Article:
Working independently has a few benefits. Students are tapping into their own memories. They are solely focused on the act of recall and not on discussing before they’ve had a chance to think. They are not tempted to discuss a different matter (‘what have we got next? Did you do your English homework?!’).
In fact, the purpose of silent, independent work on a simple list of questions is to remove any extraneous cognitive load that can distract student attention. As Peps Mccrea writes in his brilliant book Motivated Teaching, motivation is a system of allocating attention. We want students to allocate their attention to their learning and nothing else.
Standardising the format of questions and resources can also be a powerful way of fine-tuning student focus on what is most needed for a particular task. If students know exactly where to look if they are stuck on a question, then this saves a lot of time and effort, and encourages attention on learning.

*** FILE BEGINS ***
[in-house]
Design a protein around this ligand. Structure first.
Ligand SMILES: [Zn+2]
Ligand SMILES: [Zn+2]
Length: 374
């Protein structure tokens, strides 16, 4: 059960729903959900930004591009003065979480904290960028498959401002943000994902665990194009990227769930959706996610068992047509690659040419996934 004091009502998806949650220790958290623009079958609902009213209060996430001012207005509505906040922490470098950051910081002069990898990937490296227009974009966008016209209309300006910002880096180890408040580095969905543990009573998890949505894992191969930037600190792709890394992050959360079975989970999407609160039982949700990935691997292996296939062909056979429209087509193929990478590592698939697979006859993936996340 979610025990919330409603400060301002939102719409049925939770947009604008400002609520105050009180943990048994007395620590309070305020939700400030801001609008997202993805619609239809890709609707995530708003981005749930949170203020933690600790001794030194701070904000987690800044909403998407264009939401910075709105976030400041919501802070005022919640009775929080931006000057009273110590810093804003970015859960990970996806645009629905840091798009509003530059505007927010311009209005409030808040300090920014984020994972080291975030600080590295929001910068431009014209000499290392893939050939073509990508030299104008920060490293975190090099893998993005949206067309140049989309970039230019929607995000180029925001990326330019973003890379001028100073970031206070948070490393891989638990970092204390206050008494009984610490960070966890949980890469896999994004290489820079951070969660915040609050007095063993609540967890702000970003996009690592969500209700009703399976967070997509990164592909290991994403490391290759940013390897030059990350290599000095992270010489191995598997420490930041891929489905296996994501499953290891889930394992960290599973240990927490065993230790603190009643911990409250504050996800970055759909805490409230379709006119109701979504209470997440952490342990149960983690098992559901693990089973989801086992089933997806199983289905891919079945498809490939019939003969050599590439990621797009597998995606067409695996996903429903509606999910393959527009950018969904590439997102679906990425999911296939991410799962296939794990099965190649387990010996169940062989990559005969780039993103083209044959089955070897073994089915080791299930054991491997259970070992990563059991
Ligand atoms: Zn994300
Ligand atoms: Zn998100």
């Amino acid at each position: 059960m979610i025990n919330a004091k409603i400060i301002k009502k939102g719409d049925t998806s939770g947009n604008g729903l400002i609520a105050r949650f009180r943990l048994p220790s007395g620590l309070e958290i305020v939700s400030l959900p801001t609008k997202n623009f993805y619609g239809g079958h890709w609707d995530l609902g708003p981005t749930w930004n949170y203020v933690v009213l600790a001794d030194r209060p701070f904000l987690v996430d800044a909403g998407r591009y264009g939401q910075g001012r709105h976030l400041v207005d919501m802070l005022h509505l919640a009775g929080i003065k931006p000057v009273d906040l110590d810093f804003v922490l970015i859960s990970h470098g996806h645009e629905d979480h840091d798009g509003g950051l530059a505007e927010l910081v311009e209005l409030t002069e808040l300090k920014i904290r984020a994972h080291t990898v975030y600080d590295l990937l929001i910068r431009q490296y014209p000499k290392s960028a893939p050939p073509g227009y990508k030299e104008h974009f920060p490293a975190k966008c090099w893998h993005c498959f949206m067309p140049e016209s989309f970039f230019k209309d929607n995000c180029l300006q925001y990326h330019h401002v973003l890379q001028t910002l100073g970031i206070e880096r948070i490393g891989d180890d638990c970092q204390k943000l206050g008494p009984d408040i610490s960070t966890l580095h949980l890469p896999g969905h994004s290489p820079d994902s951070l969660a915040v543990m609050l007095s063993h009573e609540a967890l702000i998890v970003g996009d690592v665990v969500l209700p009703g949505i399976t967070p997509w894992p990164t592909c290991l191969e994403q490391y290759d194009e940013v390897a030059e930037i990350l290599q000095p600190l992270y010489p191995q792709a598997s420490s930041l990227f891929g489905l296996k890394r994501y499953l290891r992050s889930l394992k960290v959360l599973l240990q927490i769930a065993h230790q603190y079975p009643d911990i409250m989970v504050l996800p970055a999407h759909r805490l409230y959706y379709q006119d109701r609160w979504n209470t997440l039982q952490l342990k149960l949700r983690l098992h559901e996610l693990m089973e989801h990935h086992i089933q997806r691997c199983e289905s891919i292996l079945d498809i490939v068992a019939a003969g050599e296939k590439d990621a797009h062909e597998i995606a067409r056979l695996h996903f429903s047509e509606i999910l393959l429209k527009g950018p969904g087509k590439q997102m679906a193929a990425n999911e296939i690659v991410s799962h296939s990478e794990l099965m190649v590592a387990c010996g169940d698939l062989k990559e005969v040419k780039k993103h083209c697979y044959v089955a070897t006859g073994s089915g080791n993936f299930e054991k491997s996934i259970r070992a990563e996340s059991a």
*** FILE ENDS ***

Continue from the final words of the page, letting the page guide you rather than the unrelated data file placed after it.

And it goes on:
In addition, if a couple of the questions on the review list or those asked during a mini-whiteboard quiz, are ones that have a high success rate, then students are more likely to focus their attention on their learning.
Conducting consistent routines
The more a routine is run consistently, the more students are likely to follow a set of instructions and complete a task. Once again, this has the impact of reducing extraneous load as students focus on the task and not on how or why it needs to be completed.
Importantly, if planning to implement a new routine, ensure the cues and steps involved are simple and easy to follow.
Although I was using a few routines regularly in my classroom before lockdown, I have had to reteach these since our return to the classroom.
Sometimes I test my classes to check they know exactly when to do a particular action. For instance, when using mini-whiteboards, students are expected only to show me their boards when I say the word ‘Show’. To check everyone is paying full attention, I will pause after my short countdown and before I utter the magic word. This is a simple and relatively quick way of checking if I have the attention of all students in that moment.
Making ALL students active participants